Round 1 of the U.S. Open kicked off on Monday, but for those who like to serve some wine with their tennis, the real action began last week, when two of tennis' biggest supporters, Mouton Cadet and Jacob’s Creek, celebrated the U.S. Open. Mouton Cadet served first, as the wine partner for the 16th annual Taste of Tennis event. "[Mouton Cadet shares] the same values of tradition, elegance, conviviality and respect [as tennis]," representative Laëtitia March-Nulton told Unfiltered.
A Celebrity Chef Tennis Tournament, held last Wednesday at the CityView Racquet Club, starred chefs Marc Murphy, Alfred Portale and Jonathan Waxman, and the party continued the next day at the Taste of Tennis Gala, where Andi Dorfman, a former Bachelorette, and tennis stars the Bryan Brothers celebrated the USTA and raised money to benefit Eli Kulp, the Philadelphia-based chef who was badly injured in June’s Amtrak train derailment.
Jacob’s Creek was also warming up for the Open a few days in advance. Last Thursday at Astor Center, the Australian winery, which already has relationships with both the Australian Open and Wimbledon, toasted its new multiyear partnership as the official wine of the U.S. Open with a tasting of their Two Lands wines, a transcontinental collaboration with Napa winemaker Ehren Jordan, followed by an appearance by their ace brand ambassador and No. 1 men's tennis player in the world, Novak Djokovic.
Djokovic screened his Jacob’s Creek–produced “Made By” documentary film series and then served up a cooking demonstration alongside former Top Chef finalist Casey Thompson. “This is the most pressure I’ve ever felt in my life!” revealed Djokovic as he trepidatiously tried his hand at cooking head-on shrimp. “I don’t like seeing their eyes!” Now back in his comfort zone at the U.S. Open, where he seems to be feeling considerably less shrimp-induced anxiety, Djokovic has yet to drop a set through the first two rounds.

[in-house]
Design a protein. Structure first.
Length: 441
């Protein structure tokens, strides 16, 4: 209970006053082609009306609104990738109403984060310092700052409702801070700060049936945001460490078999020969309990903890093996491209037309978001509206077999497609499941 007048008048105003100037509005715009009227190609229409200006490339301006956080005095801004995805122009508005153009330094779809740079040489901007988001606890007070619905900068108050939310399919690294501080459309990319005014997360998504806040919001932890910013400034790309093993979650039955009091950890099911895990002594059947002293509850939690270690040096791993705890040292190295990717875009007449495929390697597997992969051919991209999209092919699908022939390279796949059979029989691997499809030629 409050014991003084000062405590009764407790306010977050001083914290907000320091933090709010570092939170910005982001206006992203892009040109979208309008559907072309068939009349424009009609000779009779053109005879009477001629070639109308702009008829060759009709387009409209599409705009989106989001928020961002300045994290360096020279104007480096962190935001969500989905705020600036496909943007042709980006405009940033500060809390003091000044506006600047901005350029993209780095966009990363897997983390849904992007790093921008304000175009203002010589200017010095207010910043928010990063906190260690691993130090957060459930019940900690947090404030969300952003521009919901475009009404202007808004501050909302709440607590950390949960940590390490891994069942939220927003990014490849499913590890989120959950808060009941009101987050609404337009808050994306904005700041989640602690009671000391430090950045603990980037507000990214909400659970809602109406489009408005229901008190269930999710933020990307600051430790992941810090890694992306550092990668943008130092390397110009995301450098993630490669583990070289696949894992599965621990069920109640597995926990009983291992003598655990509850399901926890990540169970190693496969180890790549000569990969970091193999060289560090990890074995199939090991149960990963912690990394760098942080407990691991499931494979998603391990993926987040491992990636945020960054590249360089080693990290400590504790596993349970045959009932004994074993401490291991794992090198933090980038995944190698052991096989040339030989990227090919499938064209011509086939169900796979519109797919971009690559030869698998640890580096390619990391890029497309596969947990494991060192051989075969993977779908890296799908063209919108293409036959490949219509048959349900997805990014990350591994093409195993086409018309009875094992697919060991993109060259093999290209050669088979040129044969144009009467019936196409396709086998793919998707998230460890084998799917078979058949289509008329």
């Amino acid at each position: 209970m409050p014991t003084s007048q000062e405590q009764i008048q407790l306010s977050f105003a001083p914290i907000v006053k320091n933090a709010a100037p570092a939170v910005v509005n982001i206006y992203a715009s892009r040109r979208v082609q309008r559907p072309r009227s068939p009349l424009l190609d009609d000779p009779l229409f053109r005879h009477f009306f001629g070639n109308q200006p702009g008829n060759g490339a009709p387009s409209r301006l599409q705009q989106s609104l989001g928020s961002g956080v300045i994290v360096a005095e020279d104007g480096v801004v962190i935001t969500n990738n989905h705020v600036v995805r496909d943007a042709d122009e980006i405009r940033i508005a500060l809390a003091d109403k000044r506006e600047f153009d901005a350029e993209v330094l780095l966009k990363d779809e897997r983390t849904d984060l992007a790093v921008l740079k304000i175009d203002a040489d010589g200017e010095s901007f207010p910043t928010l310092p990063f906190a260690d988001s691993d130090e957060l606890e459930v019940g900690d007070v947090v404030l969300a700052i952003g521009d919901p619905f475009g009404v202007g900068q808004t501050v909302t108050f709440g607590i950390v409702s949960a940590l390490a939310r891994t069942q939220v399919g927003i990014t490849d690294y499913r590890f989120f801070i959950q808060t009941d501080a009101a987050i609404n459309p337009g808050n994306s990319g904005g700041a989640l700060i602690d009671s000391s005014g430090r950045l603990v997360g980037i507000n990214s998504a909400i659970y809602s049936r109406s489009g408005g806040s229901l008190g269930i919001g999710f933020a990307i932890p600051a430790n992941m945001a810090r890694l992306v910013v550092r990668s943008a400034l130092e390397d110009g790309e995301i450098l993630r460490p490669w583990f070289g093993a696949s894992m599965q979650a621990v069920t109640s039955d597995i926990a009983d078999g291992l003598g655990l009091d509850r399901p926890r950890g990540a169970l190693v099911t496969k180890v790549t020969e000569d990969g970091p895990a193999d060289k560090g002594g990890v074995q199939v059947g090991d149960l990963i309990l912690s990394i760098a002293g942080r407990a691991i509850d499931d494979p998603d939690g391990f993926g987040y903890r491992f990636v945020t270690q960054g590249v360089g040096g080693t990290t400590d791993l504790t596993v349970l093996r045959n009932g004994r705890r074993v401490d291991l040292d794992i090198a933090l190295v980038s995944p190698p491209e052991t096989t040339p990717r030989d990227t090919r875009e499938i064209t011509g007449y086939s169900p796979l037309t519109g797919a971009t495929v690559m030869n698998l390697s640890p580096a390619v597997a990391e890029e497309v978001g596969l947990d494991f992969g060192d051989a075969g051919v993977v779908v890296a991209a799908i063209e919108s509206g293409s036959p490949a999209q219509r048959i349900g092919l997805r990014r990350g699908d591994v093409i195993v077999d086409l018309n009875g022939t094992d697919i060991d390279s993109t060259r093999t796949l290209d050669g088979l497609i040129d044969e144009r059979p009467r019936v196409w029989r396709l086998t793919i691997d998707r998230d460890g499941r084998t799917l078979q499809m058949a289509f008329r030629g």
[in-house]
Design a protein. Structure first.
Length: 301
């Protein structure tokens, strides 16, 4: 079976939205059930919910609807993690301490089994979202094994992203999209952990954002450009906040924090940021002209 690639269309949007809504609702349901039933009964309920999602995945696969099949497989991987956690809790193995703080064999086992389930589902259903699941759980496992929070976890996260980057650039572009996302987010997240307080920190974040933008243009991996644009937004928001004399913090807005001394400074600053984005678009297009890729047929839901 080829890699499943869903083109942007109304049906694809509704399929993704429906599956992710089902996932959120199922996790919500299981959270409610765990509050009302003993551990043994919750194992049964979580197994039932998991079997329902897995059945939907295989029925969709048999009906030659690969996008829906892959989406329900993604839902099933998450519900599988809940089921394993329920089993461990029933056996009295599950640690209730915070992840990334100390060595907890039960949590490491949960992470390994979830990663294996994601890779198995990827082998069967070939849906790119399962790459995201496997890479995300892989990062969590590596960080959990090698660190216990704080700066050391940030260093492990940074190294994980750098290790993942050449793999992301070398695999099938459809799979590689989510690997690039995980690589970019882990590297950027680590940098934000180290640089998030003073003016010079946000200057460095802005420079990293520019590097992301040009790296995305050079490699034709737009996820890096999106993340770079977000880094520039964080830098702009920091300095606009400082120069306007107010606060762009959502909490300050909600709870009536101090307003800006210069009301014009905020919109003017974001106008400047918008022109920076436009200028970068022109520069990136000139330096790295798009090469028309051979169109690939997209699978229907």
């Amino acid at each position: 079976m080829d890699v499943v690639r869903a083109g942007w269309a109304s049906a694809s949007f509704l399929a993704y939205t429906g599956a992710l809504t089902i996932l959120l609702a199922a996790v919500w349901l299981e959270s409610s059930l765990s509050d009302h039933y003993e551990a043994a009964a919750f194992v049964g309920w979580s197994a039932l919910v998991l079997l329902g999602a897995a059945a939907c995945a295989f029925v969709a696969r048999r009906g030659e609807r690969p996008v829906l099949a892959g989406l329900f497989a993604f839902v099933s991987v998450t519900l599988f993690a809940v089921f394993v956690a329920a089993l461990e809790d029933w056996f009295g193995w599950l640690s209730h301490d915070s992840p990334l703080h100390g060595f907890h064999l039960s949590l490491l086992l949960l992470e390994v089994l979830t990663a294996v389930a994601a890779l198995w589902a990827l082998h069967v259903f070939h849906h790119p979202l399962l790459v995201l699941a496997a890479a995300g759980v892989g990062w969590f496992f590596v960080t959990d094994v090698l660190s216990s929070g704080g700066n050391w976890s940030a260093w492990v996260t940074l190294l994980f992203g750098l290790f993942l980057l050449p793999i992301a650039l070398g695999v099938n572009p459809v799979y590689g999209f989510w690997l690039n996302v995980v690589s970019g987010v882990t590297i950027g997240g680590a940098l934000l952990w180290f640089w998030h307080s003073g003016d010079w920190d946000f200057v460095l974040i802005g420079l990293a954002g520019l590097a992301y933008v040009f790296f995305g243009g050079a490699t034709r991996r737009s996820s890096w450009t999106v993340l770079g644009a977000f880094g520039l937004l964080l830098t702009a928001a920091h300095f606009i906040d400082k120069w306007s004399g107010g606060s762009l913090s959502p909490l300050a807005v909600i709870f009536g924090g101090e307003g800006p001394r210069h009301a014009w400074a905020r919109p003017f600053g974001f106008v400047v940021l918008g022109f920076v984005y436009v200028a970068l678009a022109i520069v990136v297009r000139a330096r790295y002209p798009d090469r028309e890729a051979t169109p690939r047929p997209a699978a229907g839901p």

Who needs an 8-foot-tall cork? Well, it could be someone who needs to stopper a 50-foot-tall bottle of wine. Or it could just be a gang of no-goodniks up to no good. Whatever the case, someone made off with a giant cork, beloved mascot of Czech bubbly producer Bohemia Sekt, and the company just wants their hilariously large cork (actually made of plastic) back.
The cork stood in a traffic roundabout in the Plzeň region of West Bohemia, near the winery. According to the Prague Post, the winery is offering 100 bottles of wine for the cork's return, and added that it would be "hard to miss." According to the most recent info on Bohemia Sekt's website and Facebook page, it appears that the cork still remains at … large.
The Michael family of Peter Michael Winery has contributed $300,000 to the future Wine Spectator Learning Center of the Wine Business Institute, a new development at Sonoma State University. The donation, the latest in a series of recent contributions from the likes of Bouchaine Vineyards, Korbel Champagne Cellars and Rubin Family of Wines, will create the Peter Michael Winery Executive Classroom. Construction on the new Learning Center is slated to begin next year, and its doors will open for classes in early 2017. More than $6 million has been committed to date to fund the project, which is expected to cost a total of $9.1 million.
Paul Michael, son of Sir Peter and Lady Michael, told Wine Spectator sister publication Shanken News Daily, “The curriculum offered by the Wine Business Institute fills an important need, and we are very excited to contribute to the future impact this program will have in the wine industry."